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Education Savings Accounts:A Constitutional Wyoming Solution

by Wyoming Livestock Roundup

By Albert Sommers

At its Nov. 14 meeting in Cheyenne, the Joint Education Committee discussed, debated and ultimately passed a bill to create a Wyoming Education Savings Account (ESA) program to provide families with funding for early childhood and private schools. 

There is a vigorous debate around the nation whether public funds should support private school education, including parochial schools. In the past, I have not been a fan of state money funding private schools. 

However, I authored this bill, which went before the Joint Education Committee, because it helps solve two education funding challenges in Wyoming by giving financially at-risk families more educational choices, including early childhood and kindergarten through 12th grade (K-12) private education.

This nation has flourished through public education of its children. 

In 1786, Thomas Jefferson wrote in a letter to George Wyeth, “I think by far the most important bill in our whole code is for the diffusion of knowledge among the people. No other sure foundation can be devised, for the preservation of freedom and happiness. Preach, my dear sir, a crusade against ignorance and establish and improve the law for educating the common people.”

Wyoming’s Constitution – in Article Three, Section 36, Prohibited appropriations – states, “No appropriation shall be made for charitable, industrial, educational or benevolent purposes to any person, corporation or community not under the absolute control of the state, nor to any denominational or sectarian institution or association.”

ESA bills considered in previous legislative sessions have not passed constitutional muster. So, why do I now support public funding of school choice?

The answer to this question is the bill I crafted – based upon bills from other legislators in the 2023 session – provides funding to early childhood programs, provides accountability of state dollars and funds a constitutional population of children.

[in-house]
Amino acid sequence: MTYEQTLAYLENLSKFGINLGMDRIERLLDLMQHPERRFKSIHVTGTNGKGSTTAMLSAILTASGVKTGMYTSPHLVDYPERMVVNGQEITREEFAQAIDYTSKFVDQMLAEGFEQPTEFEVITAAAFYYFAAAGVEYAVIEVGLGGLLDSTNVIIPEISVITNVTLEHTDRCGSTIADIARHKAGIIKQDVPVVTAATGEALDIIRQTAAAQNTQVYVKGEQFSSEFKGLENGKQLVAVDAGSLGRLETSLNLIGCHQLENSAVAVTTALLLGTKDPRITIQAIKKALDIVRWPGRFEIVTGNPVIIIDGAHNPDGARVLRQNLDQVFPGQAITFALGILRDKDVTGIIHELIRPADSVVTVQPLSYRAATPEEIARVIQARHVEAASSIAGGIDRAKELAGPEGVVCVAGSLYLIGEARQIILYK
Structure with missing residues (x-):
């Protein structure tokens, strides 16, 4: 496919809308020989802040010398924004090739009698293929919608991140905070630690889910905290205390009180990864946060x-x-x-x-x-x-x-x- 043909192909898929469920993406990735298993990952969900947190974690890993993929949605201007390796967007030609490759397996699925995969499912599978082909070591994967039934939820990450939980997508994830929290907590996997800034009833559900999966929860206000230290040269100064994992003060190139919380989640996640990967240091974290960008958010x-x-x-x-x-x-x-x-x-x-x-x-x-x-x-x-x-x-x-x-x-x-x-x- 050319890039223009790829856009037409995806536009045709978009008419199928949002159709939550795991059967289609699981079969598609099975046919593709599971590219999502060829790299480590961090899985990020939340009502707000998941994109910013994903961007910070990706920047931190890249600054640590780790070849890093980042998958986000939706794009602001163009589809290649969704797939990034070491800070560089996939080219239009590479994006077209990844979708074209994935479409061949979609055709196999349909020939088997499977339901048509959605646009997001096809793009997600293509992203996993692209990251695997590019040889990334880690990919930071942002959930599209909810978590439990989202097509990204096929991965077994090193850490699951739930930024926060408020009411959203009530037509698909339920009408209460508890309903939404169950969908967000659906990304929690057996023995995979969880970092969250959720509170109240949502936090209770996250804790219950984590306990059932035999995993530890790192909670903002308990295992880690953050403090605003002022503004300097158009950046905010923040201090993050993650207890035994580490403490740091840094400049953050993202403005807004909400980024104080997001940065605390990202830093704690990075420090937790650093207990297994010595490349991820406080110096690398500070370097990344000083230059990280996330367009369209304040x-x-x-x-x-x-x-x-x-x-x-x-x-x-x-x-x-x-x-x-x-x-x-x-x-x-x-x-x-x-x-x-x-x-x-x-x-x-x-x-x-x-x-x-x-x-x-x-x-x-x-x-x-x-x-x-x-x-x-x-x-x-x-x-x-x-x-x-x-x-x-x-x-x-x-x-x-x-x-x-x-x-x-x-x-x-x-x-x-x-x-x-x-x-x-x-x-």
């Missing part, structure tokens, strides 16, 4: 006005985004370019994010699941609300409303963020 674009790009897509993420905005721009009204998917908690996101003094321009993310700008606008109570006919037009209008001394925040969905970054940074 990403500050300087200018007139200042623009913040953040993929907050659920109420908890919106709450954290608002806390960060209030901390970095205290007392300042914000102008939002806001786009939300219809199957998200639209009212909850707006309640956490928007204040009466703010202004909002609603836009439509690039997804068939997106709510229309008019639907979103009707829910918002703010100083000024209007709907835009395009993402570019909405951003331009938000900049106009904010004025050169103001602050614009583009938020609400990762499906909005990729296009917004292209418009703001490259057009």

We know for every one dollar we put into early-childhood education, there is three dollars worth of public benefit. Early childhood education is the best method to solve Wyoming’s early literacy challenges.

As amended, the ESA bill allows parents of three- and four-year-olds who are below 250 percent of Federal Poverty Level (FPL) to utilize $5,000 per year of state dollars to help fund their child’s early childhood education, and it allows a parent to carry the ESA to a non-public K-12 program.

The ESA bill also provides accountability of state money by requiring K-12 students funded by this ESA program to take the Wyoming state test or a nationally normed test, and the bill requires K-12 ESA students receive instruction in – at minimum – reading, writing, mathematics, civics, history, literature and science, just like public education students. 

This helps satisfy our constitutional obligation to provide an adequate education to every child in Wyoming. Making ESA students take the state standardized test or a nationally normed test also ensures transparency. Parents will be able to see how well their child does in their private school.

On the constitutional issue of using state dollars for private education, this bill requires only children at or below 250 percent FPL are eligible to use an ESA. 

The Wyoming Constitution – in Article 16, Section Six, Loan of credit, donations prohibited, works of internal improvement – provides the state shall not aid any individual, except for the “necessary support of the poor.”

The courts have allowed broad interpretation of the term “necessary support of the poor.” A FPL of 250 percent is an income of $75,000 for a family of four, which in Wyoming does not go very far.

This bill utilizes state General Fund dollars to fund the ESAs and does not draw from state dollars dedicated to public education like bills in the last legislative session which did. 

Article Seven, Section Eight Distribution of school funds forbids “public school funds” to be used for any school “controlled by any church or sectarian organization or religious denomination whatsoever.”

Legislating should be the art of finding common ground, not the “my way or the highway” approach the “Caucus of No” subscribes to.

This ESA bill is a Wyoming solution to two concerns raised by citizens across Wyoming, namely, how to fund early childhood education and increase school choice options.

In 1816, Jefferson reiterated his support of an educated populace, “If a nation expects to be ignorant and free, in a state of civilization, it expects what never was and never will be.” 

In my opinion, education, both public and private, is a public benefit which helps preserve our Constitutional Republic.

Albert Sommers represents Wyoming House District 20 and serves as the Speaker of the Wyoming House of Representatives. This guest opinion was originally published in Cowboy State Daily on Nov. 28.

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